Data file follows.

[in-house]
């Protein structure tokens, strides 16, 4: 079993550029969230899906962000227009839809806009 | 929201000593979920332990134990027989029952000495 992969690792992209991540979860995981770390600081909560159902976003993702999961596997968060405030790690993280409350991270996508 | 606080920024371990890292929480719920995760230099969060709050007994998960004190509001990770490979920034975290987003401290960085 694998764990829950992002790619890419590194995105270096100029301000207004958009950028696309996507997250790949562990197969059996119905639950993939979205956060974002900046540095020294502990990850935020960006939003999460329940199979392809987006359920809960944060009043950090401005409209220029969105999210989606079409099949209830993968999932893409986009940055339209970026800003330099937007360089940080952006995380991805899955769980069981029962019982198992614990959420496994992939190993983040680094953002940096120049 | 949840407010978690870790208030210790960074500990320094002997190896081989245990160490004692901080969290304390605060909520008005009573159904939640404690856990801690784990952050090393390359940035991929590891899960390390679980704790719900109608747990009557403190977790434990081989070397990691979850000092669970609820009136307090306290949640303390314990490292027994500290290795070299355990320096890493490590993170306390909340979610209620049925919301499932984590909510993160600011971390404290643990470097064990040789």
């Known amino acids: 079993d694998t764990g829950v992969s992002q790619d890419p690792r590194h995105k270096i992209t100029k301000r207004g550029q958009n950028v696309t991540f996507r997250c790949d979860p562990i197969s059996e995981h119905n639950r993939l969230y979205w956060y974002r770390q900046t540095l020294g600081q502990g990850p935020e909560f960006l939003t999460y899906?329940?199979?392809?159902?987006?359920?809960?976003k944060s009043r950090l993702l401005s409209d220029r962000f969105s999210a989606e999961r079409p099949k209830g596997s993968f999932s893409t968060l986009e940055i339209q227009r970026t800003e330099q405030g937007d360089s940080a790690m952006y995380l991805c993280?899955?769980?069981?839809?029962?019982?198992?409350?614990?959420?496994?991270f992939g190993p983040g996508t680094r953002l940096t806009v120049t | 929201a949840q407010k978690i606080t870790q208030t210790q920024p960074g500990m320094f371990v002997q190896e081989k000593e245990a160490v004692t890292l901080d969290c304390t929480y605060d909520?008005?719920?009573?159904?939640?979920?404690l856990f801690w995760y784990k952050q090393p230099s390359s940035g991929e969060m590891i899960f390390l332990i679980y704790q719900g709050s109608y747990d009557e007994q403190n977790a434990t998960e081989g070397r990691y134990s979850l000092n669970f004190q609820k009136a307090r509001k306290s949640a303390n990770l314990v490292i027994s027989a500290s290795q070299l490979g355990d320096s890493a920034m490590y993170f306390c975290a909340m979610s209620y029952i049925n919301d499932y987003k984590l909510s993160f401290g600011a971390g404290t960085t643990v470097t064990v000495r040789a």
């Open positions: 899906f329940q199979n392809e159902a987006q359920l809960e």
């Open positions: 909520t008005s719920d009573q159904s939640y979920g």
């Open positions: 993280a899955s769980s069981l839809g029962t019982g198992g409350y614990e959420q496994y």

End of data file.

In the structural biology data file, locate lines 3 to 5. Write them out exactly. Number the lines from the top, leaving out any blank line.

């Known amino acids: 079993d694998t764990g829950v992969s992002q790619d890419p690792r590194h995105k270096i992209t100029k301000r207004g550029q958009n950028v696309t991540f996507r997250c790949d979860p562990i197969s059996e995981h119905n639950r993939l969230y979205w956060y974002r770390q900046t540095l020294g600081q502990g990850p935020e909560f960006l939003t999460y899906?329940?199979?392809?159902?987006?359920?809960?976003k944060s009043r950090l993702l401005s409209d220029r962000f969105s999210a989606e999961r079409p099949k209830g596997s993968f999932s893409t968060l986009e940055i339209q227009r970026t800003e330099q405030g937007d360089s940080a790690m952006y995380l991805c993280?899955?769980?069981?839809?029962?019982?198992?409350?614990?959420?496994?991270f992939g190993p983040g996508t680094r953002l940096t806009v120049t | 929201a949840q407010k978690i606080t870790q208030t210790q920024p960074g500990m320094f371990v002997q190896e081989k000593e245990a160490v004692t890292l901080d969290c304390t929480y605060d909520?008005?719920?009573?159904?939640?979920?404690l856990f801690w995760y784990k952050q090393p230099s390359s940035g991929e969060m590891i899960f390390l332990i679980y704790q719900g709050s109608y747990d009557e007994q403190n977790a434990t998960e081989g070397r990691y134990s979850l000092n669970f004190q609820k009136a307090r509001k306290s949640a303390n990770l314990v490292i027994s027989a500290s290795q070299l490979g355990d320096s890493a920034m490590y993170f306390c975290a909340m979610s209620y029952i049925n919301d499932y987003k984590l909510s993160f401290g600011a971390g404290t960085t643990v470097t064990v000495r040789a």
């Open positions: 899906f329940q199979n392809e159902a987006q359920l809960e």
């Open positions: 909520t008005s719920d009573q159904s939640y979920g």